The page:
The large stone-built country house and estate of Maer Hall dominates the village of Maer. Its location in the district of Newcastle-under-Lyme, Staffordshire, England, is attractively rural, but fairly close to the pottery manufacturing area around Stoke-on-Trent which attracted its most famous owner Josiah Wedgwood II. His nephew Charles Darwin often visited Maer, and married Josiah's daughter Emma.
A manor house at Maer dates back to 1282, the owner then being William de Mere. The present stone house was built around 1680 on a slope above a small lake, or "mere", which gave the house its name. In the 18th century the landscape designer Capability Brown altered the lake in a scheme of pleasure grounds. The house could be approached from either the north entrance with its grade II listed lodge or from the village of Maer to the south with its grade II* listed gatehouse.
It lay only 7 miles (11 km) from the Etruria Works of the pottery manufacturer Josiah Wedgwood II, and in 1802 he bought the house using funds borrowed from his relative Robert. He had the house prepared, with the park being laid out by the landscape designer John Webb, and in 1807 the family moved in. There was a pleasant freedom of speech in the family, with everyone speaking their mind without restraint. They frequently exchanged visits to and from their Darwin relatives only 20 miles (30 km) away, and the young Charles Darwin found it a welcome contrast to the stricter approach of his father. Charles gained much useful information from his relatives during the inception of Darwin's theory, and it was at Maer Hall that he first became interested in the effects of earthworms which were the subject of an early paper presented to the Geological Society as well as of his last book. He proposed to Emma Wedgwood at Maer Hall, and they were married at St. Peter’s Church which stands close by on the hillside overlooking the Hall.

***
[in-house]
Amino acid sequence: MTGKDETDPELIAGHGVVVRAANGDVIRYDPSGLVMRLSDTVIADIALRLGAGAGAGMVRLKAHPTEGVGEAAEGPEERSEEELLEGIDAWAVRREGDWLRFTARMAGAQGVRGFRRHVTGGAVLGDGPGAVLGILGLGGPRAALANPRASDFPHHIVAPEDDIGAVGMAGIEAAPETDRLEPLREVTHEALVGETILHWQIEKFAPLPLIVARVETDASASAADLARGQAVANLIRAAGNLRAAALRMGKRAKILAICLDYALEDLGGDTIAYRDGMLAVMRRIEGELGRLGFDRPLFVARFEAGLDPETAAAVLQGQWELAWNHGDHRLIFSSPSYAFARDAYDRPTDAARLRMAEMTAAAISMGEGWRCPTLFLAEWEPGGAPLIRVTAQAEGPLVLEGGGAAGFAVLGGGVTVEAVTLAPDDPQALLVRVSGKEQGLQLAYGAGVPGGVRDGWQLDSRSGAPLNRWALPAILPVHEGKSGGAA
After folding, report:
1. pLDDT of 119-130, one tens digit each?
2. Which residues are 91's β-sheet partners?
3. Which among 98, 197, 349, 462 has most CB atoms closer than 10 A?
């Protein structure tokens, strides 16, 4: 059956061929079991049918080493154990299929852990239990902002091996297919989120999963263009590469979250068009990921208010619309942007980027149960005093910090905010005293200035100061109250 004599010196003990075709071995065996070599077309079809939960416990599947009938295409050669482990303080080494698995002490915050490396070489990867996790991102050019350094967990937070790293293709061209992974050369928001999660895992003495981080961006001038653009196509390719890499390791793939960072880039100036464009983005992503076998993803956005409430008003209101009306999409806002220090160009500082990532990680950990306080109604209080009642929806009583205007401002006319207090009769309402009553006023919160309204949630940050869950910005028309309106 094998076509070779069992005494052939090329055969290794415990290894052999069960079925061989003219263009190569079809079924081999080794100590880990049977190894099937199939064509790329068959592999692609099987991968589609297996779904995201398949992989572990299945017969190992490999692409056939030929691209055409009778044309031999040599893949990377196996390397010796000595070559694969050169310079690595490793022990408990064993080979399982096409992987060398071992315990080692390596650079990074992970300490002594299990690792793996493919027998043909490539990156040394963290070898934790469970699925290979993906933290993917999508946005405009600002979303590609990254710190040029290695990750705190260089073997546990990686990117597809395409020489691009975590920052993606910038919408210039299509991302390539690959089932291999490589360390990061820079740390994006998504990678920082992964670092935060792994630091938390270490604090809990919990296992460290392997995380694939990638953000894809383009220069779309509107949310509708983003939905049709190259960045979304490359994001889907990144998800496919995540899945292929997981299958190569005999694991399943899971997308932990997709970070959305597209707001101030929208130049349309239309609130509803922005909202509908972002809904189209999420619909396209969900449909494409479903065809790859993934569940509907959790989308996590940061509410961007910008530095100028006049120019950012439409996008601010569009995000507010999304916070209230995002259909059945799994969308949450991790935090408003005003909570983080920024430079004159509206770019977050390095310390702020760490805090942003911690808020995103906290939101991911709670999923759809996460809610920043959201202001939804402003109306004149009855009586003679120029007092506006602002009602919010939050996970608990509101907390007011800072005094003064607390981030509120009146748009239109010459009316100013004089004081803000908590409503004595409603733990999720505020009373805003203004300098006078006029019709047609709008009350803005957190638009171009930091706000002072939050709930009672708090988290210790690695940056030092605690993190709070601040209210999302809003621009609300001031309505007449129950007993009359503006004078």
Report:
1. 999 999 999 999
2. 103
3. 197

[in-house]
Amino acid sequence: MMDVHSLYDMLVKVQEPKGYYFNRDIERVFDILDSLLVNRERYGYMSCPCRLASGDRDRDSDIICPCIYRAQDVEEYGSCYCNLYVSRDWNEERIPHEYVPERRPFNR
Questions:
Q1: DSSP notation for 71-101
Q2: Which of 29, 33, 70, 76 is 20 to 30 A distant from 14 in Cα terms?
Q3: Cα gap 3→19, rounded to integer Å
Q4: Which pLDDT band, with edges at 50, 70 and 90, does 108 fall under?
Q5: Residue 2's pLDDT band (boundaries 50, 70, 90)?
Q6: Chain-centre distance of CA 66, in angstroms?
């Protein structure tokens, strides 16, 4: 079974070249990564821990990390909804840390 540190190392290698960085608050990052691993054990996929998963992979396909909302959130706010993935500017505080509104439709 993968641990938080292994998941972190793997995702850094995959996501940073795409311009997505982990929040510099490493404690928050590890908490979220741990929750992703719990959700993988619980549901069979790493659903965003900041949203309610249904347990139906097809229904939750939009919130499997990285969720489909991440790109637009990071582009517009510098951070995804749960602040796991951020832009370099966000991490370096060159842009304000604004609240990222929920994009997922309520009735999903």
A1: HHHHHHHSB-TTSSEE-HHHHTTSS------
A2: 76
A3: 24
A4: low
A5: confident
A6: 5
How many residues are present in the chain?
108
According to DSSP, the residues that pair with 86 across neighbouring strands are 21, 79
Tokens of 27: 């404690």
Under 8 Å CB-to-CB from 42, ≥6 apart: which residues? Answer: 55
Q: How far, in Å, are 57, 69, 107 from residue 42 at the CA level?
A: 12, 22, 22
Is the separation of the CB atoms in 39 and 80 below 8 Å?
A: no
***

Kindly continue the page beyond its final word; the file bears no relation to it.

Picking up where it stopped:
After the death of Josiah Wedgwood II in 1843 the house and estate were owned by the pottery manufacturer William Davenport, of the Davenport Pottery, who added a huge clock tower and more stables, but these were knocked down in the 1960s restoring the appearance of the original 17th-century Hall. For most of the 20th century it was the home of the Harrison family, owners of the Harrison Shipping Line.